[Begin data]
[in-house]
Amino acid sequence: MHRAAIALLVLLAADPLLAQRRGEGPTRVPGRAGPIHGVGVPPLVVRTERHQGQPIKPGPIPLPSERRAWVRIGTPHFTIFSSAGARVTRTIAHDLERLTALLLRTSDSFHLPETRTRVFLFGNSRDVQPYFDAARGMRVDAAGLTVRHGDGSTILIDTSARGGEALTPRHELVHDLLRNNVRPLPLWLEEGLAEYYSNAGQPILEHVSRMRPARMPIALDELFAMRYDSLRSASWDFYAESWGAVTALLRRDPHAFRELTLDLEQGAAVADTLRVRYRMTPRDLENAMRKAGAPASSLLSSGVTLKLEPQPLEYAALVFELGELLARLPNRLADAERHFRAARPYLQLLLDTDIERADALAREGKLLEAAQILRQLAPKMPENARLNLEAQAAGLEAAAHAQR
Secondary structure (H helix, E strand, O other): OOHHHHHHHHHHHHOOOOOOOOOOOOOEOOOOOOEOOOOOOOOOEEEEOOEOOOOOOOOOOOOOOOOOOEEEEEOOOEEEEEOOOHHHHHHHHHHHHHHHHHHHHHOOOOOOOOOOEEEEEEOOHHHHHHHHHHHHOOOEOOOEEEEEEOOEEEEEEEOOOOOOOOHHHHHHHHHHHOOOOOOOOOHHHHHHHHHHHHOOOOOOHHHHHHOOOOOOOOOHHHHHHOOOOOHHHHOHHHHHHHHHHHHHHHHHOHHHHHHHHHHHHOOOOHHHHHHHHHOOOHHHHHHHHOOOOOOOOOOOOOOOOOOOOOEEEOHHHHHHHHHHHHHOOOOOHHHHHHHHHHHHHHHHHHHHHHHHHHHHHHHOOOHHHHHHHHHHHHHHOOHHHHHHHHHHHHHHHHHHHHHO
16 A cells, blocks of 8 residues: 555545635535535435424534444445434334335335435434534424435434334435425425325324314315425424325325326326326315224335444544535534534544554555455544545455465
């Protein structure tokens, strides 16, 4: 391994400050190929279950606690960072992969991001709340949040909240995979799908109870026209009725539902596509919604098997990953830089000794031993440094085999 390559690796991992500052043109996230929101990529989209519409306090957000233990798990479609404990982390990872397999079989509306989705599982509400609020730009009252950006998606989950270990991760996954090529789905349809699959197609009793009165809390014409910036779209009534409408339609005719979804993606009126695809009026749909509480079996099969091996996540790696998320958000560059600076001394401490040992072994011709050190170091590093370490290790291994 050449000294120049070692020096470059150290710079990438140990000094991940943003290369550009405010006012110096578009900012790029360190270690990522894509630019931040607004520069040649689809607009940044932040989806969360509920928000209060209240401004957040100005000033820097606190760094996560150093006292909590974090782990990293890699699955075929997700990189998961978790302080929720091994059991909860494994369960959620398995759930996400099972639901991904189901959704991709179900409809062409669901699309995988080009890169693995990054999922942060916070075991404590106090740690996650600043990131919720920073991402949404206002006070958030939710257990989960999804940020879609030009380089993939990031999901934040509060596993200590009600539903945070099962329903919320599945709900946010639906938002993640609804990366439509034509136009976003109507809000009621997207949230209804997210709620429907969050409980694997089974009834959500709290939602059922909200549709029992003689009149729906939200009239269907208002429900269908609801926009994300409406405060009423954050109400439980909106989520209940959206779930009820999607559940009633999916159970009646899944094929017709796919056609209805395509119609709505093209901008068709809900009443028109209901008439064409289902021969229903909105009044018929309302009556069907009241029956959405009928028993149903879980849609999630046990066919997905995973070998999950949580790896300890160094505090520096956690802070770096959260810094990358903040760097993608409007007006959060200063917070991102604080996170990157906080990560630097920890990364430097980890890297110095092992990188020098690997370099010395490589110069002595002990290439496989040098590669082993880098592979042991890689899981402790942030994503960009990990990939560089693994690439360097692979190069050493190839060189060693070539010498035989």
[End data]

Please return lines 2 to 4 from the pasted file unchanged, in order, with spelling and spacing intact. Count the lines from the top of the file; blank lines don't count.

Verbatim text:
Amino acid sequence: MHRAAIALLVLLAADPLLAQRRGEGPTRVPGRAGPIHGVGVPPLVVRTERHQGQPIKPGPIPLPSERRAWVRIGTPHFTIFSSAGARVTRTIAHDLERLTALLLRTSDSFHLPETRTRVFLFGNSRDVQPYFDAARGMRVDAAGLTVRHGDGSTILIDTSARGGEALTPRHELVHDLLRNNVRPLPLWLEEGLAEYYSNAGQPILEHVSRMRPARMPIALDELFAMRYDSLRSASWDFYAESWGAVTALLRRDPHAFRELTLDLEQGAAVADTLRVRYRMTPRDLENAMRKAGAPASSLLSSGVTLKLEPQPLEYAALVFELGELLARLPNRLADAERHFRAARPYLQLLLDTDIERADALAREGKLLEAAQILRQLAPKMPENARLNLEAQAAGLEAAAHAQR
Secondary structure (H helix, E strand, O other): OOHHHHHHHHHHHHOOOOOOOOOOOOOEOOOOOOEOOOOOOOOOEEEEOOEOOOOOOOOOOOOOOOOOOEEEEEOOOEEEEEOOOHHHHHHHHHHHHHHHHHHHHHOOOOOOOOOOEEEEEEOOHHHHHHHHHHHHOOOEOOOEEEEEEOOEEEEEEEOOOOOOOOHHHHHHHHHHHOOOOOOOOOHHHHHHHHHHHHOOOOOOHHHHHHOOOOOOOOOHHHHHHOOOOOHHHHOHHHHHHHHHHHHHHHHHOHHHHHHHHHHHHOOOOHHHHHHHHHOOOHHHHHHHHOOOOOOOOOOOOOOOOOOOOOEEEOHHHHHHHHHHHHHOOOOOHHHHHHHHHHHHHHHHHHHHHHHHHHHHHHHOOOHHHHHHHHHHHHHHOOHHHHHHHHHHHHHHHHHHHHHO
16 A cells, blocks of 8 residues: 555545635535535435424534444445434334335335435434534424435434334435425425325324314315425424325325326326326315224335444544535534534544554555455544545455465